Texas’ State Bird is a Surprising Mimic
Every Texan is familiar with icons like the Alamo and the state Capitol, but how many of our feathered friends can you identify? Northern cardinal, blue jay, grackle … Those are pretty easy, but there are so many more!
Birding is one of the fastest-growing outdoor activities in the U.S. With 639 species of birds documented in Texas, things really are bigger and better here in the Lone Star State. Birding in Texas is year-round, thanks to our location and diverse eco-regions, and can be rewarding in every corner of the state. TPWD's wildlife trails make it easier than ever to find the best birding hot spots.
Learning to identify all our state’s birds can be a daunting task, especially during fall migration, which is happening right now. One species that makes it easy to begin your birdwatching journey is our state bird, the mockingbird. It’s loud and funny and around all year long.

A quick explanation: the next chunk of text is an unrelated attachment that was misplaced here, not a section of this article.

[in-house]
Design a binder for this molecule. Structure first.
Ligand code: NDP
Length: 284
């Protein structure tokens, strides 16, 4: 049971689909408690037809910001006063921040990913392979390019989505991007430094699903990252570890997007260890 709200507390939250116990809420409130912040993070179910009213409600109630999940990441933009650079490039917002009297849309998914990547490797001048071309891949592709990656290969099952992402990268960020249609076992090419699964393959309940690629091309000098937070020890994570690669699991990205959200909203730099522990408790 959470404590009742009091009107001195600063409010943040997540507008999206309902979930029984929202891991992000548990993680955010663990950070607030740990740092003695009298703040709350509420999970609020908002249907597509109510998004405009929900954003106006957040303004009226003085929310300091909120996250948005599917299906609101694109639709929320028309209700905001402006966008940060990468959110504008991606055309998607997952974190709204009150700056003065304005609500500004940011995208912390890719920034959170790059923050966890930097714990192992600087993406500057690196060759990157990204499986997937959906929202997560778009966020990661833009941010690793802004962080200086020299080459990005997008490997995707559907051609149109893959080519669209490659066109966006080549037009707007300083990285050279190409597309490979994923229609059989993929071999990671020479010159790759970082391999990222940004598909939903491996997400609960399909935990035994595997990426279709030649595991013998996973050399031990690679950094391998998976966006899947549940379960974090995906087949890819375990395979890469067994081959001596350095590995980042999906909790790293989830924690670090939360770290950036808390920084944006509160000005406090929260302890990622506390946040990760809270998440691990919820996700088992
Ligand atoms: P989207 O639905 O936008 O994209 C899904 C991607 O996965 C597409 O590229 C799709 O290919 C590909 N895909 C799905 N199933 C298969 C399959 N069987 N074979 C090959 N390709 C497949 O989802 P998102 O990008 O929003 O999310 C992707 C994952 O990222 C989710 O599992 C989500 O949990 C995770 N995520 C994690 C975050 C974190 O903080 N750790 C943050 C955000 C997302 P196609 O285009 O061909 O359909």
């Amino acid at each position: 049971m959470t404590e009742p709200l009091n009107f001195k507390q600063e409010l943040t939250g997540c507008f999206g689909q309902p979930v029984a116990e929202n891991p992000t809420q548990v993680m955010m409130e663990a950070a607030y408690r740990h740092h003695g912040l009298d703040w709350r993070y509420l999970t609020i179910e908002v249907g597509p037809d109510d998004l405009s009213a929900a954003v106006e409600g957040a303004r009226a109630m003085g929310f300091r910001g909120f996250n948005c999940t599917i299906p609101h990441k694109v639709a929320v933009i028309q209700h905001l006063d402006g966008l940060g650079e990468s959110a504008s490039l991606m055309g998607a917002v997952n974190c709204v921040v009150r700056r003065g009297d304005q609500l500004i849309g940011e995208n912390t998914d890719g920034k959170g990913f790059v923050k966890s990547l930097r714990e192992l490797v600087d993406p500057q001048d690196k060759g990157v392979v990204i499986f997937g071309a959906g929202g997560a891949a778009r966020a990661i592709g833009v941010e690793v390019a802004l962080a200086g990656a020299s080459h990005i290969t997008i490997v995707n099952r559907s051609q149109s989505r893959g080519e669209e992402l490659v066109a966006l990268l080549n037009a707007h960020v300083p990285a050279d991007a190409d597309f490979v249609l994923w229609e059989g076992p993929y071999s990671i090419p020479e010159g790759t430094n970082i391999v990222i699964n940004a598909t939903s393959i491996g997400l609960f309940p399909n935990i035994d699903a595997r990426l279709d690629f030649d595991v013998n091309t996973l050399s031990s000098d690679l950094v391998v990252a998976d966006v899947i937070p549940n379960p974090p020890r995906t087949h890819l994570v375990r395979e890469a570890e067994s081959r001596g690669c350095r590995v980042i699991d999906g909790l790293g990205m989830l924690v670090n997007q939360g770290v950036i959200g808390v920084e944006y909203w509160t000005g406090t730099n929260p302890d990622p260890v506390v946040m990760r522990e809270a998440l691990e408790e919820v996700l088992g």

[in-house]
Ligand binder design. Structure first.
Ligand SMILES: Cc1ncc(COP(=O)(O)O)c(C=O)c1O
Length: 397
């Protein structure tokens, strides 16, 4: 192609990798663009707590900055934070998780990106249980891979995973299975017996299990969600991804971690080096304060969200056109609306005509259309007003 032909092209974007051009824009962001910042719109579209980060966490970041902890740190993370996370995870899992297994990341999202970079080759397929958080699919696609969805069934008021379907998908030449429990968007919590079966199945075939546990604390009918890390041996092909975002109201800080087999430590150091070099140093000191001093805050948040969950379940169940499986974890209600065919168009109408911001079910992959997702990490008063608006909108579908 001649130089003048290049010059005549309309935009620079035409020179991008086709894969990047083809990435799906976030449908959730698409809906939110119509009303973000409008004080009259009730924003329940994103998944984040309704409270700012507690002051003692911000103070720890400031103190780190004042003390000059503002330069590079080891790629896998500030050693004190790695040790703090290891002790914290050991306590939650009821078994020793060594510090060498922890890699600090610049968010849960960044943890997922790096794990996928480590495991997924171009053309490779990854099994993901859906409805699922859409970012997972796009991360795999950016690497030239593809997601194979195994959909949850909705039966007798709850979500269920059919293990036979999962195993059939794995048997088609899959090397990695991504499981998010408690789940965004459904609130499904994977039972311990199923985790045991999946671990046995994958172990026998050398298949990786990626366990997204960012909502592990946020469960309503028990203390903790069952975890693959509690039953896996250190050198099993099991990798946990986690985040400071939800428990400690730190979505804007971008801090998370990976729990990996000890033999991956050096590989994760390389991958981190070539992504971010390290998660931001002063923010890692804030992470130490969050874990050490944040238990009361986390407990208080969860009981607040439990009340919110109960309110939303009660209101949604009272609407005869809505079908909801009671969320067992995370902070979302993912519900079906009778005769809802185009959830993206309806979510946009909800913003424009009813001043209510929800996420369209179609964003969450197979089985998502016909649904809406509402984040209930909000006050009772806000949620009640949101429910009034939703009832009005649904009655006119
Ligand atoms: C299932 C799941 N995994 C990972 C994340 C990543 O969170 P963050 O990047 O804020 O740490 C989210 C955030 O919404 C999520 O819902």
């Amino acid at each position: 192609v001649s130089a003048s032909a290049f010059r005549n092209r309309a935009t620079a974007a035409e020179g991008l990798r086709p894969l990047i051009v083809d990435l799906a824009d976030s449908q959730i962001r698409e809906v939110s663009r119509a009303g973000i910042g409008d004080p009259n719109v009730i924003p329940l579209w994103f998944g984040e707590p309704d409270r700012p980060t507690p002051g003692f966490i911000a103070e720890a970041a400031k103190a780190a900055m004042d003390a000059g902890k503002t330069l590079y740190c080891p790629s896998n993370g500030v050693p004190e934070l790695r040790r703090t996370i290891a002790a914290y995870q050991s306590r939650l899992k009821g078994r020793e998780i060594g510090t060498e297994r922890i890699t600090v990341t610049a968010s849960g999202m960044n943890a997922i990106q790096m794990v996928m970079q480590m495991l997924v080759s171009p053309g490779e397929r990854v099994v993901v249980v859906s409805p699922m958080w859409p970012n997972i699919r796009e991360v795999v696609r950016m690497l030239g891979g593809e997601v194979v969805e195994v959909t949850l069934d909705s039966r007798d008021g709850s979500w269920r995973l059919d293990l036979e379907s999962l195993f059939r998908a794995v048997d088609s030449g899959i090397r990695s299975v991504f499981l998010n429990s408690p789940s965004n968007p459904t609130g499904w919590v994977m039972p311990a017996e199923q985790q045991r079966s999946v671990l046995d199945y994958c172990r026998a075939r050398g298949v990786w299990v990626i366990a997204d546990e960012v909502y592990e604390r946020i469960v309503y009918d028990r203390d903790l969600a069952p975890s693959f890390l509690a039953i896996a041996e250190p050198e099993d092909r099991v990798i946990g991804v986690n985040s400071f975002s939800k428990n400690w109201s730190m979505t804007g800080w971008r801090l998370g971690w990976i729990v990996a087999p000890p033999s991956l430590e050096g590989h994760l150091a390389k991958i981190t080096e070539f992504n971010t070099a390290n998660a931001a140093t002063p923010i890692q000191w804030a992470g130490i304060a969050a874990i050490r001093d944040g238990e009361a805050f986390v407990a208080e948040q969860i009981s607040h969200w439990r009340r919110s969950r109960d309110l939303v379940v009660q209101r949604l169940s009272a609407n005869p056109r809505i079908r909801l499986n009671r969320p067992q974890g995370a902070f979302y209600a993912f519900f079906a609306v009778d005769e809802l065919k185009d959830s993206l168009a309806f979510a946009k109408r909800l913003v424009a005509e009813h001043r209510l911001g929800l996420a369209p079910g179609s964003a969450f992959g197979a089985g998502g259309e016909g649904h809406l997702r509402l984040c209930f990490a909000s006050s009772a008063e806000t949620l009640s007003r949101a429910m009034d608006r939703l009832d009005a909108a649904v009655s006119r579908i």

This gray and white bird makes up for its drab appearance with a voice that could compete in any singing competition. The Latin name (Mimus polyglottos), which translates loosely to “the many-tongued mimic,” really sums up this songster. Instead of singing its own song, this bird performs like a tribute band playing an original band’s song note for note. A seasoned male mockingbird can sing the songs of dozens of other species found nearby and make a variety of other vocalizations, from frog sounds to car alarms.
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